Hi people,

               Ok I’m sorry about the lack of reports this week and I do apologise to those of you that are always wanting a quick read and update of the local fishing but with guiding the first half of the week and then taking of into the bush for the later half it as been very busy.

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As most of you know the Tongariro and other smaller streams flowing into Taupo have been fishing quite well with most fish coming up and attacking a Cicada type pattern in the heat of the day and evening rises with smaller drys like Elk Hair Caddis or Adams para has been a good way of frequently encountering action. The Tongariro again is relatively quiet with anglers and you can expect to have stretches of river to yourself to explore and fish the edges quietly with out having to worry about someone walking in on you. Nymphing is still taking some really good fish and is the better way to target the silver fresh fish as they seem to be feeding deeper and harder on emerging nymphs, rather than coming to the surface for a crunchy Cicada. The middle reaches are fishing well if you are willing to keep moving about and find the fish, it’s pointless to get locked into one position on one pool and fish blind to nothing or no result all day. Most people have found the Tongariro to be full of fish and are even saying that they are seeing some fishing that was just about as good as the winter  and with the added bonus of hooking and landing one of the huge browns that seem to be everywhere at the moment, it really is an attractive fishing option.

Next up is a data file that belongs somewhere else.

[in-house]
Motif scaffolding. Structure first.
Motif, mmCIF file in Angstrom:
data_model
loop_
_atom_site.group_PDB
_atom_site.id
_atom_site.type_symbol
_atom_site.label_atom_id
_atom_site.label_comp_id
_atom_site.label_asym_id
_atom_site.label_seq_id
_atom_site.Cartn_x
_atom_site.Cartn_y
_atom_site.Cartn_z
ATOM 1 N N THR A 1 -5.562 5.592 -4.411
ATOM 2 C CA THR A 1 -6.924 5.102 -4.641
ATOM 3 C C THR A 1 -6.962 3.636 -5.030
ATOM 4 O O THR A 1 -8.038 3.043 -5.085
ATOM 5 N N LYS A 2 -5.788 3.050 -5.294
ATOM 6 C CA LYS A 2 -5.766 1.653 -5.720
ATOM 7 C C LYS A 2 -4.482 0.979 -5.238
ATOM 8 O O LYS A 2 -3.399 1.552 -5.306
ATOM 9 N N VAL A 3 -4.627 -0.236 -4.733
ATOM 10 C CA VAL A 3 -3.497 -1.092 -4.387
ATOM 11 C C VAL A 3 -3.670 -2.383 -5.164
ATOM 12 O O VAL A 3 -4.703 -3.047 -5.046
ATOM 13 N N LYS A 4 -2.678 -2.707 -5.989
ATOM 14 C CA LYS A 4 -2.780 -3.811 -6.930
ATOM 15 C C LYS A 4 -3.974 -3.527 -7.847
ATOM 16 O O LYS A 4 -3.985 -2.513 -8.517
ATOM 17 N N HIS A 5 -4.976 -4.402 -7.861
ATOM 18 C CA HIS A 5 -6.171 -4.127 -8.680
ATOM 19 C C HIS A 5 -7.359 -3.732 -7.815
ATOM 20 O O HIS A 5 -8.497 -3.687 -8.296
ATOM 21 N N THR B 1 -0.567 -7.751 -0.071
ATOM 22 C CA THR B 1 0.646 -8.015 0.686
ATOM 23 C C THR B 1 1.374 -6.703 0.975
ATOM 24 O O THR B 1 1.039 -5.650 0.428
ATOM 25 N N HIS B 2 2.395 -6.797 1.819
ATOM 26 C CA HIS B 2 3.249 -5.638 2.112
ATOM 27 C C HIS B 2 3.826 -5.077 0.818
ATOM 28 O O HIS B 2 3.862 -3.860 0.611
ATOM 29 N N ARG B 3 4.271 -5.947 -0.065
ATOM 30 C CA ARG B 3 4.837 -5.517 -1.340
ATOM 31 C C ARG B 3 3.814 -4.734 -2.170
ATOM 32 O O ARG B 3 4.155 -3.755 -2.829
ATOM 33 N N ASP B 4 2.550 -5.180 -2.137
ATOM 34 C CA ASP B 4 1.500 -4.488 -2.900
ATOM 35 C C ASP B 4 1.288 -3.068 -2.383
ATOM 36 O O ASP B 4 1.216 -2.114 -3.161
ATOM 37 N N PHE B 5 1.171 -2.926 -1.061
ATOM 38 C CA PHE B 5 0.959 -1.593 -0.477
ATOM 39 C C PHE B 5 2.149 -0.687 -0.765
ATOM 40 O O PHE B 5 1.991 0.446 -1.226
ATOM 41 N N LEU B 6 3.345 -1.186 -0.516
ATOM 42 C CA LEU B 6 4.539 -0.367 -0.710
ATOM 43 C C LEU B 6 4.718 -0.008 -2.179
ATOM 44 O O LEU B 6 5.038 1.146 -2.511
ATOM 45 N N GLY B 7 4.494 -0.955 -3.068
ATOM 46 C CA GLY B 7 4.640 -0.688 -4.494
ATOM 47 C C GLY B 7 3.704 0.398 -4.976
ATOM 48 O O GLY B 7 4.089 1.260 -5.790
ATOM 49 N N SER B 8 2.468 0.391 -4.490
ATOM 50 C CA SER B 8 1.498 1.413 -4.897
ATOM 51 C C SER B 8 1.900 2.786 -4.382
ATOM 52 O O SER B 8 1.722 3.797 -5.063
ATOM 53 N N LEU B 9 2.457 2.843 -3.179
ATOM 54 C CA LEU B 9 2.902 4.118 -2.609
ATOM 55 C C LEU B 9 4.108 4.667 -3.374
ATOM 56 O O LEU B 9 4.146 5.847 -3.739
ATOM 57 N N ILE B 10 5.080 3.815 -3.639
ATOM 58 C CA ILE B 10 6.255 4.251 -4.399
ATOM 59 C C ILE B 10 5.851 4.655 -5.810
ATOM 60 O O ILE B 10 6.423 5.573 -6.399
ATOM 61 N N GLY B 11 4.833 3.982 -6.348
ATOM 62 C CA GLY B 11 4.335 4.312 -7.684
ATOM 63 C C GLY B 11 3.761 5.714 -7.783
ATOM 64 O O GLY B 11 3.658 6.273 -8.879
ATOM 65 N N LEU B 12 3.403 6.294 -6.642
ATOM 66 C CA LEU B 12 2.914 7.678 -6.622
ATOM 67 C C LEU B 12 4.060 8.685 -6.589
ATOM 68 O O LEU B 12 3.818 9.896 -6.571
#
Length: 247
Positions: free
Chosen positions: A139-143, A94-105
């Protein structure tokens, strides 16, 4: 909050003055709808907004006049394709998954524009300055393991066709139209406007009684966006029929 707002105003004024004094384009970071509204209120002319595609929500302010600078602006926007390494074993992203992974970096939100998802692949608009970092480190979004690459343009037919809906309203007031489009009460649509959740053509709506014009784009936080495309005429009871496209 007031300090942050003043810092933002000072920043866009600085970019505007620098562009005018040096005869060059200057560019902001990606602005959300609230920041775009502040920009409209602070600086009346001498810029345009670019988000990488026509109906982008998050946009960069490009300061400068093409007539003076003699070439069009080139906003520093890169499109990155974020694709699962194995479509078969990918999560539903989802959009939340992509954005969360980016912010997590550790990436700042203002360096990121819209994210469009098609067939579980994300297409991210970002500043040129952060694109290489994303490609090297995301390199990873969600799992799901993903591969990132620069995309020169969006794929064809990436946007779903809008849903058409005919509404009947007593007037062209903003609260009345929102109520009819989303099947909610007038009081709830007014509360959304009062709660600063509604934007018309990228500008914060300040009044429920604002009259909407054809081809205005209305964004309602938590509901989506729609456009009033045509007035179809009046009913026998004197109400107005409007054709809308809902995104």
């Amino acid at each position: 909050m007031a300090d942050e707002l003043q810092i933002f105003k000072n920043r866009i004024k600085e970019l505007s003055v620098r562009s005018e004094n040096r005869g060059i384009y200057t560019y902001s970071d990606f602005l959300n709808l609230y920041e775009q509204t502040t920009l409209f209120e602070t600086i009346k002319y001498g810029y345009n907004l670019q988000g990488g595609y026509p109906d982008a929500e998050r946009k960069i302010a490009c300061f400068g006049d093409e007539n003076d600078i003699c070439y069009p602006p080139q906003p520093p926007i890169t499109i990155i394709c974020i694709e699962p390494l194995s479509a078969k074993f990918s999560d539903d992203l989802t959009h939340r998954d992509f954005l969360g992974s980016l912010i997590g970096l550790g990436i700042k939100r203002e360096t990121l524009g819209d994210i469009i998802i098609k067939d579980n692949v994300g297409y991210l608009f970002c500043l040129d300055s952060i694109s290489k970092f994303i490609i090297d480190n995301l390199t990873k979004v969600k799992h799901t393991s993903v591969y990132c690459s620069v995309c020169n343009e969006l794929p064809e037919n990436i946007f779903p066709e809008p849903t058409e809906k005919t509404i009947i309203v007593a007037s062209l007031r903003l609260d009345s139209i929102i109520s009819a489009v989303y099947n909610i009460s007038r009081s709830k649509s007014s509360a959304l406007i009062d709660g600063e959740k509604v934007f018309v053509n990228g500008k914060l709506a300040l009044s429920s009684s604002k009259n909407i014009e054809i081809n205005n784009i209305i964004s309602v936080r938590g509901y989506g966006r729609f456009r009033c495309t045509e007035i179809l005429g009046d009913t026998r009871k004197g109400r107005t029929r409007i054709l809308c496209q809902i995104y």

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I have just spent the past three days in the very very backcountry of the Mohaka river on a 3 day rafting adventure with two good friends Andrew Blake and Ross Novac. Both are very good fisherman and it really was a pleasure to share the water and listen to such experienced fisherman as you learn so much watching and taking note of how someone approaches fish in a pool and comparing it to the way I might go about it. These guys knew everything about insects, fish numbers per square meter, where fish will be and what environment we were passing through, I felt very intimidated with all the scientific names for a bug that trout eat.